In the end, the Bear Stearns was done in by questionable liquidity. Unfortunately, the liquid in question was Kool-Aid and there was plenty to go around. Bear’s mismangement is simply staggering. While the deal was being worked out, Jimmy Cayne, Bear’s chairman, was at a bridge tournament in Detroit.
What’s scary is, this wasn’t the first time. Over the summer, when two of Bear’s hedge funds rammed the iceberg, Cayne, who was then CEO, was at a bridge tournament in Nashville. Not only that, but according to the Wall Street Journal, he was “without a cellphone or an email device.”
Sheesh. How does that happen?
(Less importantly, there are bridge tournaments in Nashville??)
The WSJ article also noted: “Attendees say Mr. Cayne has sometimes smoked marijuana at the end of the day during bridge tournaments. He also has used pot in more private settings, according to people who say they witnessed him doing so or participated with him.”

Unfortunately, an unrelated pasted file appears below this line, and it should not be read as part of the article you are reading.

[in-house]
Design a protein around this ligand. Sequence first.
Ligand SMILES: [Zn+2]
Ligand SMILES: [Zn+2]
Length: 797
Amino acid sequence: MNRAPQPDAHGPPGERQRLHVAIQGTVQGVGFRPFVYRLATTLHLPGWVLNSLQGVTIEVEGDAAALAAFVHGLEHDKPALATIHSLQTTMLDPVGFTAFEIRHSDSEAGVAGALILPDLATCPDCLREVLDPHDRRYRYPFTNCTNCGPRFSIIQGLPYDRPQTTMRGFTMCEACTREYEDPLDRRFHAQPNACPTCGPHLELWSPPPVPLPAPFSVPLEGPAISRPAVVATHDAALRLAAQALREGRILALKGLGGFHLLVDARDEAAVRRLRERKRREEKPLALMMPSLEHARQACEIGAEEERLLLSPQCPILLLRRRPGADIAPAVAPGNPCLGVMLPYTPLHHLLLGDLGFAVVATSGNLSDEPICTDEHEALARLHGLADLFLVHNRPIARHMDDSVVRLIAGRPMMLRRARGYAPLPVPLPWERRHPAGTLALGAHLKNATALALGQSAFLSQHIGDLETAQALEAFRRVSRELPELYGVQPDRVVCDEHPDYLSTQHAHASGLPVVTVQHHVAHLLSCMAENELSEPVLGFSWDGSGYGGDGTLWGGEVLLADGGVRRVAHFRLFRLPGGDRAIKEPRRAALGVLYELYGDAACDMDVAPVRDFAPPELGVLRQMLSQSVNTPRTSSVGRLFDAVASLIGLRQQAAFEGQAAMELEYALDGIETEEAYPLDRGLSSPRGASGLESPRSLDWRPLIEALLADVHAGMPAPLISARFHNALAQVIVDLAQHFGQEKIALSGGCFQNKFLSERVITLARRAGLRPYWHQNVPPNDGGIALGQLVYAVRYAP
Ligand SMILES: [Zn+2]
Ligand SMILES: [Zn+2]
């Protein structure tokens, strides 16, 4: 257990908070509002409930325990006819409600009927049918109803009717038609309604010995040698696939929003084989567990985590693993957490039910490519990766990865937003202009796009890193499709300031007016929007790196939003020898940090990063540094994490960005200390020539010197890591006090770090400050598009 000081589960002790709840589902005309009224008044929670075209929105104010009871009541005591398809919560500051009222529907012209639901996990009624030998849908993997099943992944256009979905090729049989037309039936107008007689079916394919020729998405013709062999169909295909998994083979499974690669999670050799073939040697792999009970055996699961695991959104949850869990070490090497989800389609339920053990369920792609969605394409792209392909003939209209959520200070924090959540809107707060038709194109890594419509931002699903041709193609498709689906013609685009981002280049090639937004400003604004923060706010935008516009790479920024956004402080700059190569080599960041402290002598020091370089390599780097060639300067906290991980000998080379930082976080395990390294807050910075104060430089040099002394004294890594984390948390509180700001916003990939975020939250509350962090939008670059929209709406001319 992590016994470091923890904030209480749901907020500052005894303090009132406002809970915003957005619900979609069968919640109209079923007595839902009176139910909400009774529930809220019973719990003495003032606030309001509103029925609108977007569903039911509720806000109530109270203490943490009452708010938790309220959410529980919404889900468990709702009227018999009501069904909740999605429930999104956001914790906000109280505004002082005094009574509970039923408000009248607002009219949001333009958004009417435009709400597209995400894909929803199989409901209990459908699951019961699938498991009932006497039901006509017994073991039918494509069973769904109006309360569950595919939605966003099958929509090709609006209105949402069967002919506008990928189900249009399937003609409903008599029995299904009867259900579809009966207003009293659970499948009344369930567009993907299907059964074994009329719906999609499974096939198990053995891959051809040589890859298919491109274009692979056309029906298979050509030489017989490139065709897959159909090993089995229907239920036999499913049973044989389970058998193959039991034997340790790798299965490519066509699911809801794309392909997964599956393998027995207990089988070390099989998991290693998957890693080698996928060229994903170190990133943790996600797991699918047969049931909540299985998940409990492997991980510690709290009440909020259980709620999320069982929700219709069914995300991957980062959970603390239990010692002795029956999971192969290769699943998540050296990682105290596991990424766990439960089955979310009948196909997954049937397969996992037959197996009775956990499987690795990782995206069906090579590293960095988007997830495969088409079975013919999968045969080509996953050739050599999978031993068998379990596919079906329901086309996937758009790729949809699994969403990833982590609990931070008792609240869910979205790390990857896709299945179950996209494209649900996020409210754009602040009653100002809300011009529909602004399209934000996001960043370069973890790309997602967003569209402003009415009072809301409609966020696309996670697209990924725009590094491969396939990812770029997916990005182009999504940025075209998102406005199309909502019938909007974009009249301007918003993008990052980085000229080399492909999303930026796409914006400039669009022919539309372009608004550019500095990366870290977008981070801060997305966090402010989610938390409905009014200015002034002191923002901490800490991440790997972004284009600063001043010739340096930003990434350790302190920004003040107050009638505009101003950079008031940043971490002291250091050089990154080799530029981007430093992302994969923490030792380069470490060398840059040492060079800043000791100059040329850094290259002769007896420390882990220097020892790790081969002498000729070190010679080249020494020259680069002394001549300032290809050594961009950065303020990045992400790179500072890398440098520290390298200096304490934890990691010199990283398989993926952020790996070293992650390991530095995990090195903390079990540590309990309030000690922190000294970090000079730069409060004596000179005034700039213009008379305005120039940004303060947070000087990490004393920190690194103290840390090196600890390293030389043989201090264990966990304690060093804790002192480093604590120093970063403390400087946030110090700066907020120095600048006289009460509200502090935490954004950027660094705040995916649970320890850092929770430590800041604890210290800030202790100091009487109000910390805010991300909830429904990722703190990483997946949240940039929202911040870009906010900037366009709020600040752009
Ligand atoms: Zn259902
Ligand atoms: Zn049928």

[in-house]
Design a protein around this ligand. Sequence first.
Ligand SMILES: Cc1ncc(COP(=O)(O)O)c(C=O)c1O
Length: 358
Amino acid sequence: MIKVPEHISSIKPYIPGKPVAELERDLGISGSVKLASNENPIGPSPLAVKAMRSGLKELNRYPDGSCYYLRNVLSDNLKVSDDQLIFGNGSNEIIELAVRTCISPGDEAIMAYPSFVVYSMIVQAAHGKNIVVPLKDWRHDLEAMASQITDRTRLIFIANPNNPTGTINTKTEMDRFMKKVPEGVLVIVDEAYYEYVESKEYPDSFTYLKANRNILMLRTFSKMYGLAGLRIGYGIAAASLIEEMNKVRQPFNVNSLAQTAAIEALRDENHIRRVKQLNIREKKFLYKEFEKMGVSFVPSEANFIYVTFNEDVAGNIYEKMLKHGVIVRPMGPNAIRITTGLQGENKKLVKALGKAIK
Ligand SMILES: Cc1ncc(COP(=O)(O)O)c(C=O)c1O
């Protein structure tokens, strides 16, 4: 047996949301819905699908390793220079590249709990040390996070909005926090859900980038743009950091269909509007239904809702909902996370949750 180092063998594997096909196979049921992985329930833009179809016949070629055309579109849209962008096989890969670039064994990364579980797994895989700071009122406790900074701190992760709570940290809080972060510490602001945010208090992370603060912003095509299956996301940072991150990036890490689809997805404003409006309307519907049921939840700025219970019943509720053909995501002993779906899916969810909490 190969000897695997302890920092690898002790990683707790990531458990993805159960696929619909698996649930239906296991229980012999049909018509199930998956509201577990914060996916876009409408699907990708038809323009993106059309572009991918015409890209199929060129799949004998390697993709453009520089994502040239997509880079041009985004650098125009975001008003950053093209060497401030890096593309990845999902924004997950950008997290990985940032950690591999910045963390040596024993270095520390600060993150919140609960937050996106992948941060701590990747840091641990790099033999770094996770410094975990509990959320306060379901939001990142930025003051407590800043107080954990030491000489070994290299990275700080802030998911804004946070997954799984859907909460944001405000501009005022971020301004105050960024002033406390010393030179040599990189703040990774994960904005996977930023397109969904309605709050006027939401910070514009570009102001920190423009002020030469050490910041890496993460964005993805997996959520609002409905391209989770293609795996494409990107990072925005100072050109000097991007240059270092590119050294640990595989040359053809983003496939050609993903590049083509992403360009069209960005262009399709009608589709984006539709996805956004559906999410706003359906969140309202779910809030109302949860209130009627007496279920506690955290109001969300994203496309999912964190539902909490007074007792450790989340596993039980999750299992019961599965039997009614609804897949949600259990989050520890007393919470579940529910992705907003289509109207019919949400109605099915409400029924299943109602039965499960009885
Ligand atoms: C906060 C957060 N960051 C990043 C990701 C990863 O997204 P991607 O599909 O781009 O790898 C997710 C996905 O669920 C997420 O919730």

Thank you, Rupert. Now that’s reporting! So while Bear’s stock was making new lows, management was making new highs. Not surprisingly, BSC shareholders aren’t too pleased with their shares vaporizing into thin air. On Sunday, The New York Post reported, “Cayne’s armed hulk of a bodyguard trailed him everywhere and parked himself outside Cayne’s office all day, sources said.”
How much you want to bet that that source owns more than a few shares of BSC? Also, at what point, exactly, did the world of high finance start taking the form of the movie My Bodyguard? This can’t be a good development.